Not that I am suggesting Norwalk go into debt for this venture but that combined funding be applied to buy out GGP and this Mall. If the powers that be in City Hall can figure out how to go through not one but two developers in recent years for purchase of the property, they can certainly devise a way to make this “connector” for the ENTIRE Norwalk community happen. As Amanda referenced earlier, It is time to “think outside of the ugly box.”

  24. Oyster

    Thanks Suzanne. Interesting fact: Chelsea Piers has a driving range. Know what sport Chelsea piers decided NOT to put in its Stamford location? Golf.

    Are you talking about something like Gaelic Park in the Bronx?

  25. Suzanne

    Another Interesting Fact: did you know that Gaelic Park has its own Wikipedia entry? What a find! I knew nothing about this venue. Time for a field trip!

    You know, I went to Chelsea Piers last year and asked them if they had a driving range, they said no, and I didn’t see one. Now I am wondering if my field trip yielded accurate information.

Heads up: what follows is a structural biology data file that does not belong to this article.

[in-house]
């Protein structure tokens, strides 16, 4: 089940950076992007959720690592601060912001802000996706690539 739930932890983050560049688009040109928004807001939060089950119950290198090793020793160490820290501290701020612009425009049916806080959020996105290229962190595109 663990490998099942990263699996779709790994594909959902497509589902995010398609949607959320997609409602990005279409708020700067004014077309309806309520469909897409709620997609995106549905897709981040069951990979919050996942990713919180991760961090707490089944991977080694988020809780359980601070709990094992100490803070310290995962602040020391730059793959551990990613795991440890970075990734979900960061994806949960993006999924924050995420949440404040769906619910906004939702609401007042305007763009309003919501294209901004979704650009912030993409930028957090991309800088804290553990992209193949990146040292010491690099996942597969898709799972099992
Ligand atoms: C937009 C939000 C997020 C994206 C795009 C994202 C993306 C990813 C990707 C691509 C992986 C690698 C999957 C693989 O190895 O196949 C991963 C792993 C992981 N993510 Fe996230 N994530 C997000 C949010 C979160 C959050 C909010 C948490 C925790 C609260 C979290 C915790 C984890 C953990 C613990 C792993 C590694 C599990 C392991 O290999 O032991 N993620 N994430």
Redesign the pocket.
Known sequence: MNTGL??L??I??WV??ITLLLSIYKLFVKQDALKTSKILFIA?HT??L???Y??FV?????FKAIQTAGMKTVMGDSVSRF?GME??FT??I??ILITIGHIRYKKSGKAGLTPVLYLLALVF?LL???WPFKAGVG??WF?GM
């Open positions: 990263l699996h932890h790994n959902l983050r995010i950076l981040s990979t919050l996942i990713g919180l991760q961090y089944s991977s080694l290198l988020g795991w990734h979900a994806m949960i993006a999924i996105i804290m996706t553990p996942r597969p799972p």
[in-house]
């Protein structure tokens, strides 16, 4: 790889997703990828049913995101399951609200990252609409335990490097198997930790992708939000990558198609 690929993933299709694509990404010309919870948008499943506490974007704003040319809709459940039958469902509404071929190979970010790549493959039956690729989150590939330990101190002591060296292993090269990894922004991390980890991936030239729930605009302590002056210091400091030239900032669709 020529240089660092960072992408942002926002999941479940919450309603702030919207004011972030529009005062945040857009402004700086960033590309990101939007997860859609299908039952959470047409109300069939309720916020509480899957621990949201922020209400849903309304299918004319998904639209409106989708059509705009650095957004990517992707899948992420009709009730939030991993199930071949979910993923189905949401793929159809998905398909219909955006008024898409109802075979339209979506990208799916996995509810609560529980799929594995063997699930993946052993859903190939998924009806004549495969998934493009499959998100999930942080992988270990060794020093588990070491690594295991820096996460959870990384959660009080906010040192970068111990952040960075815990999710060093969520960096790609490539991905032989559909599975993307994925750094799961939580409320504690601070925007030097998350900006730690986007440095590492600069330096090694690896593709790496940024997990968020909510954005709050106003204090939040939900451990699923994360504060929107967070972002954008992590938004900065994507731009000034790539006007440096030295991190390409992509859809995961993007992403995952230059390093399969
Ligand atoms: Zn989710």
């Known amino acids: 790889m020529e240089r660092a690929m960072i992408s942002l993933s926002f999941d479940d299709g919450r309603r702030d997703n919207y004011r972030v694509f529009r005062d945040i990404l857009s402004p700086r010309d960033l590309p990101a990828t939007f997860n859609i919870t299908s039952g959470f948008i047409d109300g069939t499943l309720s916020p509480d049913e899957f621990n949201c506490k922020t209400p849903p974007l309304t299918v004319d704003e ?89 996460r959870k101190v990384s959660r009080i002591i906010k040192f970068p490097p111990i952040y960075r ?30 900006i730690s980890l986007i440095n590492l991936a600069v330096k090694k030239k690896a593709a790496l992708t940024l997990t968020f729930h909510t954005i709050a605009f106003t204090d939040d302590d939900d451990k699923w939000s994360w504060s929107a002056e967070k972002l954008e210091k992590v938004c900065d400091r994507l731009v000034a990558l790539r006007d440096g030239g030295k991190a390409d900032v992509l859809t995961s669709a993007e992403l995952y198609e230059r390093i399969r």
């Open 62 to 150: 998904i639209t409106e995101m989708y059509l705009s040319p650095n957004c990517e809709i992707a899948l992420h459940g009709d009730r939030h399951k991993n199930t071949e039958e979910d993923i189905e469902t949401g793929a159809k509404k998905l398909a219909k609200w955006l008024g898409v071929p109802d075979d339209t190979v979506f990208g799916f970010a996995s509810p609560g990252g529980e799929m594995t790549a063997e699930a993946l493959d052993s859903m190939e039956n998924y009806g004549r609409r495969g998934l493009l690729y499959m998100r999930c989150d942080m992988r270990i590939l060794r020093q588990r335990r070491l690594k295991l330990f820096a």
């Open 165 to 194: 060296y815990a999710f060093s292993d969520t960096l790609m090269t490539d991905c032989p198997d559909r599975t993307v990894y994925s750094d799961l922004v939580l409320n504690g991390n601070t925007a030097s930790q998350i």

I am thinking of something like Gaelic Park but over the history of activities there. Not limited to one ethnic group but including all in cultural celebrations, dances, film viewing, antique shows, car shows, etc., in addition to a first rate ice skating rink (not for training but for the public to enjoy), converted to skate boarding or other type of activity for the temperate months, and, yes, the type of sport mentioned that don’t often have a first rate venue, like lacrosse, soccer, and possibly softball (not major/minor league baseball.)

    Built well, maintained properly, this could provide enjoyment, traditions, cultural and sports events for the long term (as with Gaelic Park, thank you for the reference) for everyone, make money for reasonable entry as with the Aquarium, a current Norwalk landmark and tie together the different areas everyone seems so anxious to connect. Our current choice? A big building with a dubious life cycle that replicates every shopping mall out there (4 in a 25 mile radius was mentioned.)